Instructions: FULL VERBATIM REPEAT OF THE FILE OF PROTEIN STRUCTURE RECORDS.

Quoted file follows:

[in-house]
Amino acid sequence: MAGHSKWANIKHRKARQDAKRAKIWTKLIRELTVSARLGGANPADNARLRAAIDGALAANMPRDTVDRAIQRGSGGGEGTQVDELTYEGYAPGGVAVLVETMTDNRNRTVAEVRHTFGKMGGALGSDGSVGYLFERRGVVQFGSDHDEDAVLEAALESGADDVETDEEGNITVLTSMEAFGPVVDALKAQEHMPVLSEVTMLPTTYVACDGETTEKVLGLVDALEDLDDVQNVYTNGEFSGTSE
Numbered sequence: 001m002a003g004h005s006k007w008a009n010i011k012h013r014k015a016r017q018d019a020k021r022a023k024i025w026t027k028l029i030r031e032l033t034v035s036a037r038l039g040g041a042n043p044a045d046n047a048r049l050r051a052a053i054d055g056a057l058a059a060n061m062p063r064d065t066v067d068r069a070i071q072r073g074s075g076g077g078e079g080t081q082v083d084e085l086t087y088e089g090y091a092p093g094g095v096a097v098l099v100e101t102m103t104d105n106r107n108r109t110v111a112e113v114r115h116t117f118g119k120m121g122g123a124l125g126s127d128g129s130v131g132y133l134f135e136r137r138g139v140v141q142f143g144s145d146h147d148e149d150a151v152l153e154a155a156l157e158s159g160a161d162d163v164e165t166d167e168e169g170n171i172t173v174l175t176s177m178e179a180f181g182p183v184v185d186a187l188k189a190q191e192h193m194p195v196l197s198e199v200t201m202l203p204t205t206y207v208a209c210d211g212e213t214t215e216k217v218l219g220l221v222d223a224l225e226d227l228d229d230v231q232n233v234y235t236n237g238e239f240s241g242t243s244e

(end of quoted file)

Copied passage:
[in-house]
Amino acid sequence: MAGHSKWANIKHRKARQDAKRAKIWTKLIRELTVSARLGGANPADNARLRAAIDGALAANMPRDTVDRAIQRGSGGGEGTQVDELTYEGYAPGGVAVLVETMTDNRNRTVAEVRHTFGKMGGALGSDGSVGYLFERRGVVQFGSDHDEDAVLEAALESGADDVETDEEGNITVLTSMEAFGPVVDALKAQEHMPVLSEVTMLPTTYVACDGETTEKVLGLVDALEDLDDVQNVYTNGEFSGTSE
Numbered sequence: 001m002a003g004h005s006k007w008a009n010i011k012h013r014k015a016r017q018d019a020k021r022a023k024i025w026t027k028l029i030r031e032l033t034v035s036a037r038l039g040g041a042n043p044a045d046n047a048r049l050r051a052a053i054d055g056a057l058a059a060n061m062p063r064d065t066v067d068r069a070i071q072r073g074s075g076g077g078e079g080t081q082v083d084e085l086t087y088e089g090y091a092p093g094g095v096a097v098l099v100e101t102m103t104d105n106r107n108r109t110v111a112e113v114r115h116t117f118g119k120m121g122g123a124l125g126s127d128g129s130v131g132y133l134f135e136r137r138g139v140v141q142f143g144s145d146h147d148e149d150a151v152l153e154a155a156l157e158s159g160a161d162d163v164e165t166d167e168e169g170n171i172t173v174l175t176s177m178e179a180f181g182p183v184v185d186a187l188k189a190q191e192h193m194p195v196l197s198e199v200t201m202l203p204t205t206y207v208a209c210d211g212e213t214t215e216k217v218l219g220l221v222d223a224l225e226d227l228d229d230v231q232n233v234y235t236n237g238e239f240s241g242t243s244e